Small Is The New Black

5 12 2010

You can always tell the age of a neighborhood. Look at how big the houses are, and how many garage stalls there are. The norm today is about 2400 square feet and room for three cars. If there is anything as predictable as the sun rising in the east, it has been that USAmerican houses have been getting bigger and bigger, with ever more room for our cars and stuff. Heck, about 40% of us even have to rent storage space elsewhere to accommodate that second tier of possessions (otherwise known as junk).

But the recession may have started to sink in to our more-is-better frame of mind. Maybe…just maybe…less is more. Smaller is bigger (in a metaphoric kind of way, of course). And simple is just…well, simpler.

As evidenced by the who-would-have-guessed trend toward smaller houses. And I mean small. As in extremely lower-case. Closet-sized.

And everyone said, What the heck?

But it’s true. The new frugality of the 21C is causing people to reconsider their station in life, the place they call home, their overall footprint. Tumbleweed Houses is one of several home builders specializing in compact dwellings that can be as small as 65 square feet, but more than likely in the 500-900 square foot range.

I realize that this is a hard pill to swallow for anyone who has grown up in a consumer-based economy like the US. After all, about 70% of our economy is accounted for by retail. That’s a lot of stuff. And stuff has a way of hanging around like unwanted company. Once they get their foot in the door, they just won’t leave. It’s the Cousin Eddie of material wealth.

But in this era of going digital, maybe downsizing our homes isn’t such a bad idea. We may not necessarily move to a new location. Instead, maybe we’ll make our location a new one by shedding a bunch of stuff. It may not be out of the question. In fact, it may be the question.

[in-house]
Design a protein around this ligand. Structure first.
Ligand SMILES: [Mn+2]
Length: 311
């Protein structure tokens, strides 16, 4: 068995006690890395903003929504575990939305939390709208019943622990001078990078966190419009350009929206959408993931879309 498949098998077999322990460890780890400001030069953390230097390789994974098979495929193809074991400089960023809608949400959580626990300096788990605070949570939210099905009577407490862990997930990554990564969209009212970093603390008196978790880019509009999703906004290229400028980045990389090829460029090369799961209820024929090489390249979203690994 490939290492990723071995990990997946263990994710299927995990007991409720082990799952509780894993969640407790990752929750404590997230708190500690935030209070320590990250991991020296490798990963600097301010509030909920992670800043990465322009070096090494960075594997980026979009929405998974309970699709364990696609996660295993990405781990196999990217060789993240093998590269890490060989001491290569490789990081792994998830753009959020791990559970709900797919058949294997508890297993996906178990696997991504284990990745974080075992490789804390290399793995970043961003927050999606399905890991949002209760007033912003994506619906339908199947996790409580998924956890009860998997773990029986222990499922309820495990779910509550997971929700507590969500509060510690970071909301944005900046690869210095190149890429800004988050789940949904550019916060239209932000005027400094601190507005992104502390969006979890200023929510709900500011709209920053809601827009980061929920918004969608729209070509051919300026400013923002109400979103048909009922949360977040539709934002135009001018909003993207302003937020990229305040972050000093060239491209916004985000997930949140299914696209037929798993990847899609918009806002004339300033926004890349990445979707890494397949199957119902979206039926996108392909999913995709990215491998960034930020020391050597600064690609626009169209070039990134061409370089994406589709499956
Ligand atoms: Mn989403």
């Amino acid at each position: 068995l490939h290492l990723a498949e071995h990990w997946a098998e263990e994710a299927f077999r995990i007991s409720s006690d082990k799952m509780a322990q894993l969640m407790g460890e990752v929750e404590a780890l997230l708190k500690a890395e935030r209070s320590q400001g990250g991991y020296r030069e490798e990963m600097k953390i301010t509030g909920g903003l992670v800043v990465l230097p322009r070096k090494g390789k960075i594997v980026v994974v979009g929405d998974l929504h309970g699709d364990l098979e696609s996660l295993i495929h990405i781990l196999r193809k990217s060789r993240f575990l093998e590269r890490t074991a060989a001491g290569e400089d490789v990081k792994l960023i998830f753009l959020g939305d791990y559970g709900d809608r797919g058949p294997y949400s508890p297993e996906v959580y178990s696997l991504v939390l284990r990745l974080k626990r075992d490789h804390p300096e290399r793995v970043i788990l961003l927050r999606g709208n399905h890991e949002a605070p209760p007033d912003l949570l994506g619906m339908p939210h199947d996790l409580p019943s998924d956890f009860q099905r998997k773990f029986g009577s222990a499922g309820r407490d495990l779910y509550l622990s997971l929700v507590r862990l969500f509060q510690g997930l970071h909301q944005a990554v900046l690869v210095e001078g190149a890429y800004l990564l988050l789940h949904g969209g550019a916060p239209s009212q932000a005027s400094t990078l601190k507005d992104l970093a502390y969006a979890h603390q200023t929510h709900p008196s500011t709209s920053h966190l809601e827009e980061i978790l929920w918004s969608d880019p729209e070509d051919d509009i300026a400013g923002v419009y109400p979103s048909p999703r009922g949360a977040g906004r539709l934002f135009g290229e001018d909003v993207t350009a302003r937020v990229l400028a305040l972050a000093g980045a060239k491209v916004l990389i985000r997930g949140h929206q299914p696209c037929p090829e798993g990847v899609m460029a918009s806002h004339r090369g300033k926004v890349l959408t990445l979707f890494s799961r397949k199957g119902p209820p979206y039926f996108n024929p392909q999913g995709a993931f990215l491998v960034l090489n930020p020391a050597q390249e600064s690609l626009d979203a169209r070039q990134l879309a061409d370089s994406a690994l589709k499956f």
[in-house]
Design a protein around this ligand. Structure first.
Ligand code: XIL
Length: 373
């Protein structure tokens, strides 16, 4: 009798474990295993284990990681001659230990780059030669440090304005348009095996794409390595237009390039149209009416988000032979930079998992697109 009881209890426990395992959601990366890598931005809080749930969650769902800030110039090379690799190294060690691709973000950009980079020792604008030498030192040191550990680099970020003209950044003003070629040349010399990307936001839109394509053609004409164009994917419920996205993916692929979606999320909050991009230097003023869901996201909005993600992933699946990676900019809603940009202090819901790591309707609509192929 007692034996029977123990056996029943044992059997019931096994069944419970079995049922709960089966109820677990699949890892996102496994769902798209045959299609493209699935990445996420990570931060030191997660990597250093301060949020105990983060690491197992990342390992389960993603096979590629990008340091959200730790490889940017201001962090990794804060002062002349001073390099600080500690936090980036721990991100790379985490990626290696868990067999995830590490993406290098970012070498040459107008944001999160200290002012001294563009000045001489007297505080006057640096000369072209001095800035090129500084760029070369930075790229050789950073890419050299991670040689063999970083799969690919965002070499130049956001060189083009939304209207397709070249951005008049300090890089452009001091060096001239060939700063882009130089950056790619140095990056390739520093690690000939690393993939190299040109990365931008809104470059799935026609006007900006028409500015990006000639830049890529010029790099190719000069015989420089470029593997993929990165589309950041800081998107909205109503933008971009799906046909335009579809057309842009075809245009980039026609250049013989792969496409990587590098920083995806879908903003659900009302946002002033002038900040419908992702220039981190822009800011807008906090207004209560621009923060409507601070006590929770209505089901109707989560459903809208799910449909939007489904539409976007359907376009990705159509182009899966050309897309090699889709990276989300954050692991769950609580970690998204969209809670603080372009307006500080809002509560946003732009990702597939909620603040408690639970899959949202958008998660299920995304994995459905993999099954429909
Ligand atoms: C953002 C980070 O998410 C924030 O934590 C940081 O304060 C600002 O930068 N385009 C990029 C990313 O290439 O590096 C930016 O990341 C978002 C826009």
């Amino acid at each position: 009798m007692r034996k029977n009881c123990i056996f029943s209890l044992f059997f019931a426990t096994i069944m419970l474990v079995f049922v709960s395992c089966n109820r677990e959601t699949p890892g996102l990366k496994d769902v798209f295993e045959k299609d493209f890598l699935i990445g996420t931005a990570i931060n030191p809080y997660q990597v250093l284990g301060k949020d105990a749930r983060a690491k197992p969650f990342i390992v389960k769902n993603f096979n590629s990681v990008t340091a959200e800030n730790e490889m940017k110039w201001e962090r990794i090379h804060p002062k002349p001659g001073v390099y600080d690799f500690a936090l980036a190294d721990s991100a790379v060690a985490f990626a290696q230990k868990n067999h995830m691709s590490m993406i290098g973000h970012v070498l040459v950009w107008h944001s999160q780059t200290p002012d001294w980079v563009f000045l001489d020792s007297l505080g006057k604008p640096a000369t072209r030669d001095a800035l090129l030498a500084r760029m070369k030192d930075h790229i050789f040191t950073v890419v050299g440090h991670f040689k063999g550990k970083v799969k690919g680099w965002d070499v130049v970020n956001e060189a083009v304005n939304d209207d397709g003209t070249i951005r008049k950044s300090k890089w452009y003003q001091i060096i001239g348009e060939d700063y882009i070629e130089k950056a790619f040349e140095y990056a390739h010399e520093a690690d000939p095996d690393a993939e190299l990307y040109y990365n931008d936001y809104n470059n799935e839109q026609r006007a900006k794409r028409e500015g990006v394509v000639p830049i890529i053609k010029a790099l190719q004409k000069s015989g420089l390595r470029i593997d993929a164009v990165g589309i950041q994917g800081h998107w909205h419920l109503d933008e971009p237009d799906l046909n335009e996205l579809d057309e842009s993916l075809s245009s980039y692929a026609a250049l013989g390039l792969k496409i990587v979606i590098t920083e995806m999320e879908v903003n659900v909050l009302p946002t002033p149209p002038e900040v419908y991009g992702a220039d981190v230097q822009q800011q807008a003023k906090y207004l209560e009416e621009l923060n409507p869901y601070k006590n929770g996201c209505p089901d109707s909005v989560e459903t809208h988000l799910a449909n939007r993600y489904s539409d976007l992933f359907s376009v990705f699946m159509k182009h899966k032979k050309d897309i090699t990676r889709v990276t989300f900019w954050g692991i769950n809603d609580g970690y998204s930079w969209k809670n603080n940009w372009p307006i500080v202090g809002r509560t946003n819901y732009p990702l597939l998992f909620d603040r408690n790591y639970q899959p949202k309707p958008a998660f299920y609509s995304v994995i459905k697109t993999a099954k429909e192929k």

I feel completely liberated knowing I never need to purchase another CD or DVD. If iTunes would get with the program and start selling e-books the same day their tangible counterparts hit bookstore shelves, I could cut that tie as well.

And God knows we all could all survive just fine with a lot fewer clothes. Unless you have had the utter misfortune of tornado, earthquake, fire or abject poverty, you probably have enough clothes to get you through a few months.

Without re-wearing anything.

Of course, with an economy so dependent on our Pavlovian response to anything heralded as New And Improved, I do wonder what the effects might be on jobs. And bottom lines. The environment may thank us, and we might live a lot closer to stress-free, but let’s face it: There are a lot of folks counting on me spending a bunch of dough. All the time, And you, too.

It’s something to think about as we plunge ever farther into the holiday season. It’s something to ponder as we take the trash out to the Dumpster, wondering “Where the hell did all of this trash come from?” It’s something to ruminate as we notice the pile of stuff we kept is still bigger, even after a trash run.

And it’s worth trying to solve this sobering observation, one I made shortly after moving into a 2900-foot house and thinking I would never need more room: Your stuff will always grow to meet or exceed the available space for it.

In other words, no matter how much space you have, you will always have several hundred square feet of stuff that won’t fit into it. Five thousand square-foot McMansion? Yep. Six thousand square-feet of stuff. Junk. Crap.

Downsizing may drive the marketers, politicians and economists crazy, but I agree it is something we need to do. It may not be easy, but we’ve got to start somewhere. Whatever I can’t recycle or reuse, I will try to remove. And then reduce.

I’ll meet you out at the Dumpster.

Dr “The Leaves Are Falling” Gerlich



One response

7 12 2010
Lyndy Forrester

I couldn’t agree with you more. I bought a house last year– 1300 square feet. 3 bedroom. 1 bathroom. And I live in this house with my 4 children. Couldn’t be happier. It’s easy to clean. And the small space makes me really think about what I want to buy and keep.

I guess I’m cooler than I realized…

Good blog.

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